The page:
Why Europe wants America to raise taxes
When the G20 went after tax havens last April, I said it was just a first step toward a push for “tax harmonization,” a fancy phrase that really means getting low-tax nations to raise their tax rates. Then I see what the prime minister of Finland is advocating:
We have to initiate discussions at the European Union level about how to prepare for the post-crisis period. Getting public finances in order is a must if we are to grow, create employment and provide the welfare services that we in Europe value so much. … This will require tight control and, in many countries, painful cuts. However, it would be unrealistic to assume that all the balancing could be done on the spending side alone. … The overall tax rate will have to rise as well over the longer term. In some areas that can be done without much consultation between the countries. … However, raising such taxes can have detrimental effects on economic activity. This is especially so when a country acts on its own: capital and people can respond by migrating to jurisdictions with lower rates. … Parallel measures would help all of Europe: tax competition risk would be reduced and the public finances of individual countries would improve. Such co-ordinated tax changes could set also an important global example. In particular, it might encourage the US – with lower tax levels in most areas – to do what has to be done to address its spiralling budget deficit.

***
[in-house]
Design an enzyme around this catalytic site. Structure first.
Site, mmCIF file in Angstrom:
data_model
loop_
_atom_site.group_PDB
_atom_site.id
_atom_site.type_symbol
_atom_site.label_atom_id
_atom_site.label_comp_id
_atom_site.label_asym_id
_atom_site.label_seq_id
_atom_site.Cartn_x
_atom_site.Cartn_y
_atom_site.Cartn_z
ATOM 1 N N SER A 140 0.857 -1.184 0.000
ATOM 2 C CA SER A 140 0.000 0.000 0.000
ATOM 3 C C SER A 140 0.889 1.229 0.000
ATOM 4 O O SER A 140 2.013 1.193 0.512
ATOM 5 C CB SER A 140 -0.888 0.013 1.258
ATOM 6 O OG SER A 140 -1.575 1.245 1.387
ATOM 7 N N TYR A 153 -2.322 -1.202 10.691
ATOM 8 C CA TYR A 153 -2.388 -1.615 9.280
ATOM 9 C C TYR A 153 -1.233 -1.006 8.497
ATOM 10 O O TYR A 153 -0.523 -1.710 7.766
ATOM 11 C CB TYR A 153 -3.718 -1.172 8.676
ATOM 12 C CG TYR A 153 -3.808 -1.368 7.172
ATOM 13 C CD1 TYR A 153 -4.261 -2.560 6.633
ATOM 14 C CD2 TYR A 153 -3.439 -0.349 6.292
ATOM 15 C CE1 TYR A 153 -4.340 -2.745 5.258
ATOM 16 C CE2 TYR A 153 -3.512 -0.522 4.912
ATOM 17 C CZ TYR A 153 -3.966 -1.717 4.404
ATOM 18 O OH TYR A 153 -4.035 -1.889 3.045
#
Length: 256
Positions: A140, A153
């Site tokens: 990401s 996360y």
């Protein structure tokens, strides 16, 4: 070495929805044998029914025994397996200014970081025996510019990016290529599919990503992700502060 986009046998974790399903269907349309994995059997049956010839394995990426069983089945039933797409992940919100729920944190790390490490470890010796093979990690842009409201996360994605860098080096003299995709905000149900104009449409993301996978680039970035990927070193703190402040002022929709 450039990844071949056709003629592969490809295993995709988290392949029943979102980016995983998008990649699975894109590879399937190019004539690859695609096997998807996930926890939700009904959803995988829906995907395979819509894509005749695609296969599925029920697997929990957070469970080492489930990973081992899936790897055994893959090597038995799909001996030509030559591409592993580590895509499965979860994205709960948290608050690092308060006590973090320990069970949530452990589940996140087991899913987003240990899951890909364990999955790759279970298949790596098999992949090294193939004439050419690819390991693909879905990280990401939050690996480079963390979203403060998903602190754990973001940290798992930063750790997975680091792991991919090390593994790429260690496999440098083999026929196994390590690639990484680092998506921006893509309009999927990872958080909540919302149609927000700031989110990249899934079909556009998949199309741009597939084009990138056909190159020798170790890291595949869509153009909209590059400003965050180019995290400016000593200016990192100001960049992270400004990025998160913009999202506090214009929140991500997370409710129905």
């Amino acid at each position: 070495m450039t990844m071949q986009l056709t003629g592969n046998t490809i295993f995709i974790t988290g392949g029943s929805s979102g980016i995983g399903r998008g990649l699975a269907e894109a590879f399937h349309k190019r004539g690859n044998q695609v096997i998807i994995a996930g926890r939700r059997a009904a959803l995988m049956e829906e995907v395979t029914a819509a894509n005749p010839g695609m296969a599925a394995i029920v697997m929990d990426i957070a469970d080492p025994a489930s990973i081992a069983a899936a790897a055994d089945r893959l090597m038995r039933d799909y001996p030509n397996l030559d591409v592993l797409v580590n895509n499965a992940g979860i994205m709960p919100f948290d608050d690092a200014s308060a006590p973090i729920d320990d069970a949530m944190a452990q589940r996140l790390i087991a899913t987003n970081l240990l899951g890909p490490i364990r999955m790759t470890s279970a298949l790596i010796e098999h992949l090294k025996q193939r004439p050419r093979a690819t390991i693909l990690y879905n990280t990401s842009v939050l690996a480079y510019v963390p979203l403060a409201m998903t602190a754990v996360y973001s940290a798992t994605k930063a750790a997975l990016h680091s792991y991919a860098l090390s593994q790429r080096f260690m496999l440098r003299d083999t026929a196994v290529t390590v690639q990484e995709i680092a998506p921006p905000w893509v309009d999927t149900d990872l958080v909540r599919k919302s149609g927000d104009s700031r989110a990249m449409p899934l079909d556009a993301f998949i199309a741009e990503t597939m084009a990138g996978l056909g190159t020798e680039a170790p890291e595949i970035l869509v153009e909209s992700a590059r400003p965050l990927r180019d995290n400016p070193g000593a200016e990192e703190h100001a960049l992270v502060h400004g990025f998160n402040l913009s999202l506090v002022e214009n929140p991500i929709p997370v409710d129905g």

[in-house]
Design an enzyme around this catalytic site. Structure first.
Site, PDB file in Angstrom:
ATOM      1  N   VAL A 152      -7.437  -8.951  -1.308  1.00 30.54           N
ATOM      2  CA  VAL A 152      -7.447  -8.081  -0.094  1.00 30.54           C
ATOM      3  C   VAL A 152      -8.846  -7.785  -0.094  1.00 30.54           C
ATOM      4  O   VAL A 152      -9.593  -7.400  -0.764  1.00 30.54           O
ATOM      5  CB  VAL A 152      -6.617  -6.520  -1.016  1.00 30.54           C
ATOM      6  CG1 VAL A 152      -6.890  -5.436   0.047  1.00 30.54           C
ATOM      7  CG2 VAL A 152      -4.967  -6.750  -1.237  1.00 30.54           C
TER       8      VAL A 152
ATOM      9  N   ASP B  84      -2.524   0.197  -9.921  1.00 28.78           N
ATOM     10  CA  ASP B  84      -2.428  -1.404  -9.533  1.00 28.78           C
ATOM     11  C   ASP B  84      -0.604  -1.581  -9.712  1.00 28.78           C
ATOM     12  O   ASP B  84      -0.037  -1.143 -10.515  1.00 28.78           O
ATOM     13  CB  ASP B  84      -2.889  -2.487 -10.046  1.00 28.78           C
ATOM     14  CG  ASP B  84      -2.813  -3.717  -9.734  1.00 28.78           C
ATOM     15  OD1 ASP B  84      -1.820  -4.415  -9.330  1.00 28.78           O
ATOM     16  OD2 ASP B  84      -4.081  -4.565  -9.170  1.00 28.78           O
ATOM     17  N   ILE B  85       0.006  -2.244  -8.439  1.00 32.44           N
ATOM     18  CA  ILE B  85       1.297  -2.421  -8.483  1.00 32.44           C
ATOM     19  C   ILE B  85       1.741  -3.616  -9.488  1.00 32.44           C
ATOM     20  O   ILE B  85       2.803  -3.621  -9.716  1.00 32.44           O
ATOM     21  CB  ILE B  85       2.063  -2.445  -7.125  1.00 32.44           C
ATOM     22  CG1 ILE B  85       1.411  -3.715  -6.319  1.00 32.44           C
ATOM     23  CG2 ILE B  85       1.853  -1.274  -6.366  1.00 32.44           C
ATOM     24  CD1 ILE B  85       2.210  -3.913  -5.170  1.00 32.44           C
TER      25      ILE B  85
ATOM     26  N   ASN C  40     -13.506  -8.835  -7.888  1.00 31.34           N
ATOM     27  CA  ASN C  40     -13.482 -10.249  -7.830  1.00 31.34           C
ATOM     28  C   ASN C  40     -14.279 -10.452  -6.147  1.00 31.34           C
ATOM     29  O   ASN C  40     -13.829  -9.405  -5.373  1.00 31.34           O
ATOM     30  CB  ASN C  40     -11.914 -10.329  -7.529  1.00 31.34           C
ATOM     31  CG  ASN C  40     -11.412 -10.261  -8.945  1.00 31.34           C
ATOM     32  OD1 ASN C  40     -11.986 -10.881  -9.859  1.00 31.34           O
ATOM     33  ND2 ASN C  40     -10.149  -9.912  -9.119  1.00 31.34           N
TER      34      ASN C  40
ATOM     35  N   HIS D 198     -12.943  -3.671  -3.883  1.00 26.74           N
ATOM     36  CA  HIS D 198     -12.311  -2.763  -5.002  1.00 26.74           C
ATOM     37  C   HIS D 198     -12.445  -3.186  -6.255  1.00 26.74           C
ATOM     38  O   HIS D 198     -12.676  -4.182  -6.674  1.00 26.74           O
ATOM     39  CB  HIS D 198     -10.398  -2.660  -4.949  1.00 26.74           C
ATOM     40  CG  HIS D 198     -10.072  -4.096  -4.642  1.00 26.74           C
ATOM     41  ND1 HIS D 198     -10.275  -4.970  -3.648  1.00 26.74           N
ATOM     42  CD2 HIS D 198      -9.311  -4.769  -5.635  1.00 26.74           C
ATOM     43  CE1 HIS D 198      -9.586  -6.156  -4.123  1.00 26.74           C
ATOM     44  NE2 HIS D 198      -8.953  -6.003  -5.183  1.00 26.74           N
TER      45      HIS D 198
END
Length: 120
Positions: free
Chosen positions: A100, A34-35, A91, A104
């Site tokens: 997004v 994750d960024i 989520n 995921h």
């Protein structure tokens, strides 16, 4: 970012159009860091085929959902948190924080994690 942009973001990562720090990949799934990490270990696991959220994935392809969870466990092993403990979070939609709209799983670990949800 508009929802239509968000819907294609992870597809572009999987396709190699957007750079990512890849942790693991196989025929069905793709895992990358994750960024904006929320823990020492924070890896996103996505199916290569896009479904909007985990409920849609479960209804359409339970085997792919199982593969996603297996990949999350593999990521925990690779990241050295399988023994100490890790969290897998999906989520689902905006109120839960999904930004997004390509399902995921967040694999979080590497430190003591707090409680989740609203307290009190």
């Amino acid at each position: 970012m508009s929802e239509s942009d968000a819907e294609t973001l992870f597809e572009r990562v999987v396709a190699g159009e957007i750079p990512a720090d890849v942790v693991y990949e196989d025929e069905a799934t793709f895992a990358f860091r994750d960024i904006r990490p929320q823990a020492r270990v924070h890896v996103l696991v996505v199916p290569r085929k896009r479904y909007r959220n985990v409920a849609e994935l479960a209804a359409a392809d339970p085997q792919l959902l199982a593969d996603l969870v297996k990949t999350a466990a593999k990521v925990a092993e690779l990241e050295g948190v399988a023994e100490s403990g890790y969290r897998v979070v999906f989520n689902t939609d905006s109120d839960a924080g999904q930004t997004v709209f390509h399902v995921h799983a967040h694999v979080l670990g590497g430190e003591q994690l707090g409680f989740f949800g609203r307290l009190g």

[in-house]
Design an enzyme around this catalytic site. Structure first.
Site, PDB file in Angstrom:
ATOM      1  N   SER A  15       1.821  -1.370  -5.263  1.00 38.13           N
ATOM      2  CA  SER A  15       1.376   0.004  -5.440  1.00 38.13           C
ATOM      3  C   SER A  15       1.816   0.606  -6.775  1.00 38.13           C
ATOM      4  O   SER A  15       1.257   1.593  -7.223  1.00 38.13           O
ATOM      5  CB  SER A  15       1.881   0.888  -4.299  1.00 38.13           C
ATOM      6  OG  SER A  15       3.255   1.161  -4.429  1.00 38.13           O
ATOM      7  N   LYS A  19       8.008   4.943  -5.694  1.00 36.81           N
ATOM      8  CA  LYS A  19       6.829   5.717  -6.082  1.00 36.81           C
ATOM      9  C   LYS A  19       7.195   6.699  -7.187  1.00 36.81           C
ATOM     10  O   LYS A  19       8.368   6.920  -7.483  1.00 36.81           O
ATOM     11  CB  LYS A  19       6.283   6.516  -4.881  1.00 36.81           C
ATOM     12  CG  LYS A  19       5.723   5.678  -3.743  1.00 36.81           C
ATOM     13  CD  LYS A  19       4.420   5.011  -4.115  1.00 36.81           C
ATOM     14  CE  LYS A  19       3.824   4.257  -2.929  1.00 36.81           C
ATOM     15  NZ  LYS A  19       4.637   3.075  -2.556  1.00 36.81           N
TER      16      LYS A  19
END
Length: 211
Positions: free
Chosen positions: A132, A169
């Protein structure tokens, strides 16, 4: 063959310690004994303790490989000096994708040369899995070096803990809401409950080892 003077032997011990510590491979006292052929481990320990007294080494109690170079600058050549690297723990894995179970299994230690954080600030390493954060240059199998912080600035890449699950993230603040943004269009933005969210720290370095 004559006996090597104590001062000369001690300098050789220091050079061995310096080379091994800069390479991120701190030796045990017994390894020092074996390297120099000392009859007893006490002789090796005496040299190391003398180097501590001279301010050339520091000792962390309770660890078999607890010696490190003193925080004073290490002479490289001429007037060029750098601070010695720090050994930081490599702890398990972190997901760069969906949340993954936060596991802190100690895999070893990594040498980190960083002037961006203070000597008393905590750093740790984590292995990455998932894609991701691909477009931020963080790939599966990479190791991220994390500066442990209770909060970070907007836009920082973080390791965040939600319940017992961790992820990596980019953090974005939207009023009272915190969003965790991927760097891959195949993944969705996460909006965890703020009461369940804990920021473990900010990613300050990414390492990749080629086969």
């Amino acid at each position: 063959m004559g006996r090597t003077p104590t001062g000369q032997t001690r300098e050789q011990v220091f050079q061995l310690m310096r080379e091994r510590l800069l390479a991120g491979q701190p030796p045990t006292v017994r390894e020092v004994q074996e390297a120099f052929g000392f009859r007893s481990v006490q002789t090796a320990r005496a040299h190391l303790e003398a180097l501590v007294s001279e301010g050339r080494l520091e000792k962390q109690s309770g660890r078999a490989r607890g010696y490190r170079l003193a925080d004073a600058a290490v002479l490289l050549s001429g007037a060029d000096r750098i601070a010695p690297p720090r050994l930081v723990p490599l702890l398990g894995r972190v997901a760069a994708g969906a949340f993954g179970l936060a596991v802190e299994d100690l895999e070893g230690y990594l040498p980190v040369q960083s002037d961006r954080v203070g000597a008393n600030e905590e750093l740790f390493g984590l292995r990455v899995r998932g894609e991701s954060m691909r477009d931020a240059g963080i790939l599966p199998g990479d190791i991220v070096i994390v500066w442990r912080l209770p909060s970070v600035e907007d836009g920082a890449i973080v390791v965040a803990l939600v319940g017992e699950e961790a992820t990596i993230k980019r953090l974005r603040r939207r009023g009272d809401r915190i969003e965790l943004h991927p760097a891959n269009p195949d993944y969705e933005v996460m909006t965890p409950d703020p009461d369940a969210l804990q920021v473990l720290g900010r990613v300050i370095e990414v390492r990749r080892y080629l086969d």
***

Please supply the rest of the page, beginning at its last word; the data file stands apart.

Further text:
My spin: Don’t raise the bridge, lower the river! Why countries don’t try to instead supercharge their economies is beyond me.